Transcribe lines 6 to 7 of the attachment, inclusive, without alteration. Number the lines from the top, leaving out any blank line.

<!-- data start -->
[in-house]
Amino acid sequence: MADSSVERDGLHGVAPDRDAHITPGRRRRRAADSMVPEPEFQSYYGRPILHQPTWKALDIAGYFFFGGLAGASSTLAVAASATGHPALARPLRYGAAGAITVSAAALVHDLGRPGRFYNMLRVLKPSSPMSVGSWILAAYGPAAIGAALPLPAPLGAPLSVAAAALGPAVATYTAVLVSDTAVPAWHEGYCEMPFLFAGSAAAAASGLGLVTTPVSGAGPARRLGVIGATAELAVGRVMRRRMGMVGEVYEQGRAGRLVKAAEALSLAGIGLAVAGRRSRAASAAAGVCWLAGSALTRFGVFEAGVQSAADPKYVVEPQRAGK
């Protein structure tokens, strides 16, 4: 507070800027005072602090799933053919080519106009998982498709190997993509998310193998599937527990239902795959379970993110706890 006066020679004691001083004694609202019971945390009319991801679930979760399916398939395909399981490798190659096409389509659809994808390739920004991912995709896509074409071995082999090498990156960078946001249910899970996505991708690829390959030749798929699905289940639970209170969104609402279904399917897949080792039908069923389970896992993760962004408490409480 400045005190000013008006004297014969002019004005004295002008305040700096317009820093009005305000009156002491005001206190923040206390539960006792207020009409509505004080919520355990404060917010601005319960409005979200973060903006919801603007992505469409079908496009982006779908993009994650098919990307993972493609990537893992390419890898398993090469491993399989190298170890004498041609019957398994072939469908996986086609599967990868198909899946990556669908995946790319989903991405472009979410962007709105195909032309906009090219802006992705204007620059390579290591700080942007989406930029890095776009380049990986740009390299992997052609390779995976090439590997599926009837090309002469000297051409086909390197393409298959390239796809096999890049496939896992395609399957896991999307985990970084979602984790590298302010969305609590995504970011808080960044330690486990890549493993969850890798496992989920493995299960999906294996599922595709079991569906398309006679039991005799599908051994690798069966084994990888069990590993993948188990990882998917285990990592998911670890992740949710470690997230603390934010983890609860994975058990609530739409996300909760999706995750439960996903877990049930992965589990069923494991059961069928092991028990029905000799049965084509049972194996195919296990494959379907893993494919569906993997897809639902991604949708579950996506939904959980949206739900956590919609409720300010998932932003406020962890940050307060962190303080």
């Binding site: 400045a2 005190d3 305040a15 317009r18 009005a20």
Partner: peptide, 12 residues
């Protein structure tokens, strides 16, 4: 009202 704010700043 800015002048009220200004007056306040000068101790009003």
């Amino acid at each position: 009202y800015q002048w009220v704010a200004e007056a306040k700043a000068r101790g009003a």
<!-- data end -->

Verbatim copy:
């Protein structure tokens, strides 16, 4: 009202 704010700043 800015002048009220200004007056306040000068101790009003």
């Amino acid at each position: 009202y800015q002048w009220v704010a200004e007056a306040k700043a000068r101790g009003a």